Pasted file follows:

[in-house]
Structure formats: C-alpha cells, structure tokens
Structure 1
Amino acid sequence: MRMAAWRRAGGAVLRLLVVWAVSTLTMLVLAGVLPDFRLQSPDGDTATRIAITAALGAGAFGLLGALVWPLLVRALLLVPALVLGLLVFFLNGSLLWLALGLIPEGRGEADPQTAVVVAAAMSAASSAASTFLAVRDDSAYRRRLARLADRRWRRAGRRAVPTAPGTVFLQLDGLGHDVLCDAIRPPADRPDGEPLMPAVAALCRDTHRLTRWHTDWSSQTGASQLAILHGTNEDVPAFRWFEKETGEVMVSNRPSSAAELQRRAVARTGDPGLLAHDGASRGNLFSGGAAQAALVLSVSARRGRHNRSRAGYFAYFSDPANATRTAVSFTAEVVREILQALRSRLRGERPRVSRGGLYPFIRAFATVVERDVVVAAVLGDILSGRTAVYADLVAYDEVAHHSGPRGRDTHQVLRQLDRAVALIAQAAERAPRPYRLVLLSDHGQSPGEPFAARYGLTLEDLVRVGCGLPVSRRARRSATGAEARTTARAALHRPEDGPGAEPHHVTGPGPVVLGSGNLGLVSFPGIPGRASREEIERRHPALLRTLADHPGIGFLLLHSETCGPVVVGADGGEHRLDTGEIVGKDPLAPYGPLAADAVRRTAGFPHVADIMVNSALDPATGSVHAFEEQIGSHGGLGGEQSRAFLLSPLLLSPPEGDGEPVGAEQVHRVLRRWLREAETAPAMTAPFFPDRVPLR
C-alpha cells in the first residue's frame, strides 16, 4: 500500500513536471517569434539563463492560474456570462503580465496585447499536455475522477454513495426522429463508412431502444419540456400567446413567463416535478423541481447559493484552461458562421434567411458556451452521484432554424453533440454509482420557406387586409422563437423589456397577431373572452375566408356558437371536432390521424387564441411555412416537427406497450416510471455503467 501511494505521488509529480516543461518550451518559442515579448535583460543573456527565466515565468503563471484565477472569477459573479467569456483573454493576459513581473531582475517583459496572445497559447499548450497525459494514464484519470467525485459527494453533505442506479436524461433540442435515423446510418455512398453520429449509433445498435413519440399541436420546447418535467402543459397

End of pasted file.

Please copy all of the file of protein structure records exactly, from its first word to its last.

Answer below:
[in-house]
Structure formats: C-alpha cells, structure tokens
Structure 1
Amino acid sequence: MRMAAWRRAGGAVLRLLVVWAVSTLTMLVLAGVLPDFRLQSPDGDTATRIAITAALGAGAFGLLGALVWPLLVRALLLVPALVLGLLVFFLNGSLLWLALGLIPEGRGEADPQTAVVVAAAMSAASSAASTFLAVRDDSAYRRRLARLADRRWRRAGRRAVPTAPGTVFLQLDGLGHDVLCDAIRPPADRPDGEPLMPAVAALCRDTHRLTRWHTDWSSQTGASQLAILHGTNEDVPAFRWFEKETGEVMVSNRPSSAAELQRRAVARTGDPGLLAHDGASRGNLFSGGAAQAALVLSVSARRGRHNRSRAGYFAYFSDPANATRTAVSFTAEVVREILQALRSRLRGERPRVSRGGLYPFIRAFATVVERDVVVAAVLGDILSGRTAVYADLVAYDEVAHHSGPRGRDTHQVLRQLDRAVALIAQAAERAPRPYRLVLLSDHGQSPGEPFAARYGLTLEDLVRVGCGLPVSRRARRSATGAEARTTARAALHRPEDGPGAEPHHVTGPGPVVLGSGNLGLVSFPGIPGRASREEIERRHPALLRTLADHPGIGFLLLHSETCGPVVVGADGGEHRLDTGEIVGKDPLAPYGPLAADAVRRTAGFPHVADIMVNSALDPATGSVHAFEEQIGSHGGLGGEQSRAFLLSPLLLSPPEGDGEPVGAEQVHRVLRRWLREAETAPAMTAPFFPDRVPLR
C-alpha cells in the first residue's frame, strides 16, 4: 500500500513536471517569434539563463492560474456570462503580465496585447499536455475522477454513495426522429463508412431502444419540456400567446413567463416535478423541481447559493484552461458562421434567411458556451452521484432554424453533440454509482420557406387586409422563437423589456397577431373572452375566408356558437371536432390521424387564441411555412416537427406497450416510471455503467 501511494505521488509529480516543461518550451518559442515579448535583460543573456527565466515565468503563471484565477472569477459573479467569456483573454493576459513581473531582475517583459496572445497559447499548450497525459494514464484519470467525485459527494453533505442506479436524461433540442435515423446510418455512398453520429449509433445498435413519440399541436420546447418535467402543459397